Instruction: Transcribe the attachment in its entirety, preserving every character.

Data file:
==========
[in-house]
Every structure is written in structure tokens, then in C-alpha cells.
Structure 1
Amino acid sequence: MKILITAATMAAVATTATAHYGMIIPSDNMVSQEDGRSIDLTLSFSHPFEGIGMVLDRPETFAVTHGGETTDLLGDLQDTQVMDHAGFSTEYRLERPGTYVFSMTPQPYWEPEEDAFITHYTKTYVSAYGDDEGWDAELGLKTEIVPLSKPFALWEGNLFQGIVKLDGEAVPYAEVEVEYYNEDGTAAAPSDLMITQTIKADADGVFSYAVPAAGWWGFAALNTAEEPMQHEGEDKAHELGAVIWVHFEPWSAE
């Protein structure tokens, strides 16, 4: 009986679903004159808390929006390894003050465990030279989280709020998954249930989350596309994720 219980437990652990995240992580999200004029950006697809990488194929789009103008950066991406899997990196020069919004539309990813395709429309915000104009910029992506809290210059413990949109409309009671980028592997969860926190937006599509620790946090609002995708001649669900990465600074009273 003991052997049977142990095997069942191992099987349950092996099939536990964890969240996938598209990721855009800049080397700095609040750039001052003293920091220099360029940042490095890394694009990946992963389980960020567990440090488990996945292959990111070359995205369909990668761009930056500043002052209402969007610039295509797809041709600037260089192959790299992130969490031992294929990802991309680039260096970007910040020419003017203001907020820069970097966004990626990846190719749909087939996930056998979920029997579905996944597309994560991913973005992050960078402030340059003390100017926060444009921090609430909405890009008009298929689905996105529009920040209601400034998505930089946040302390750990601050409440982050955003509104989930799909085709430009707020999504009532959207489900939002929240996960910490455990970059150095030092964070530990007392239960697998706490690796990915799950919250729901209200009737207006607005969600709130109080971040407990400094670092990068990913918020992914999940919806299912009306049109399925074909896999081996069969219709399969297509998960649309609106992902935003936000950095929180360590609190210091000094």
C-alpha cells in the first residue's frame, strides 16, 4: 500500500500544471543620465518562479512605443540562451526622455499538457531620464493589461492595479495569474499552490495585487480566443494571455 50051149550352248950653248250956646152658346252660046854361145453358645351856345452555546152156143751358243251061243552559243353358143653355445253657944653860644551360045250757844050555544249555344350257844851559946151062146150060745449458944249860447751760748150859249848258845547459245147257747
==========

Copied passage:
[in-house]
Every structure is written in structure tokens, then in C-alpha cells.
Structure 1
Amino acid sequence: MKILITAATMAAVATTATAHYGMIIPSDNMVSQEDGRSIDLTLSFSHPFEGIGMVLDRPETFAVTHGGETTDLLGDLQDTQVMDHAGFSTEYRLERPGTYVFSMTPQPYWEPEEDAFITHYTKTYVSAYGDDEGWDAELGLKTEIVPLSKPFALWEGNLFQGIVKLDGEAVPYAEVEVEYYNEDGTAAAPSDLMITQTIKADADGVFSYAVPAAGWWGFAALNTAEEPMQHEGEDKAHELGAVIWVHFEPWSAE
């Protein structure tokens, strides 16, 4: 009986679903004159808390929006390894003050465990030279989280709020998954249930989350596309994720 219980437990652990995240992580999200004029950006697809990488194929789009103008950066991406899997990196020069919004539309990813395709429309915000104009910029992506809290210059413990949109409309009671980028592997969860926190937006599509620790946090609002995708001649669900990465600074009273 003991052997049977142990095997069942191992099987349950092996099939536990964890969240996938598209990721855009800049080397700095609040750039001052003293920091220099360029940042490095890394694009990946992963389980960020567990440090488990996945292959990111070359995205369909990668761009930056500043002052209402969007610039295509797809041709600037260089192959790299992130969490031992294929990802991309680039260096970007910040020419003017203001907020820069970097966004990626990846190719749909087939996930056998979920029997579905996944597309994560991913973005992050960078402030340059003390100017926060444009921090609430909405890009008009298929689905996105529009920040209601400034998505930089946040302390750990601050409440982050955003509104989930799909085709430009707020999504009532959207489900939002929240996960910490455990970059150095030092964070530990007392239960697998706490690796990915799950919250729901209200009737207006607005969600709130109080971040407990400094670092990068990913918020992914999940919806299912009306049109399925074909896999081996069969219709399969297509998960649309609106992902935003936000950095929180360590609190210091000094």
C-alpha cells in the first residue's frame, strides 16, 4: 500500500500544471543620465518562479512605443540562451526622455499538457531620464493589461492595479495569474499552490495585487480566443494571455 50051149550352248950653248250956646152658346252660046854361145453358645351856345452555546152156143751358243251061243552559243353358143653355445253657944653860644551360045250757844050555544249555344350257844851559946151062146150060745449458944249860447751760748150859249848258845547459245147257747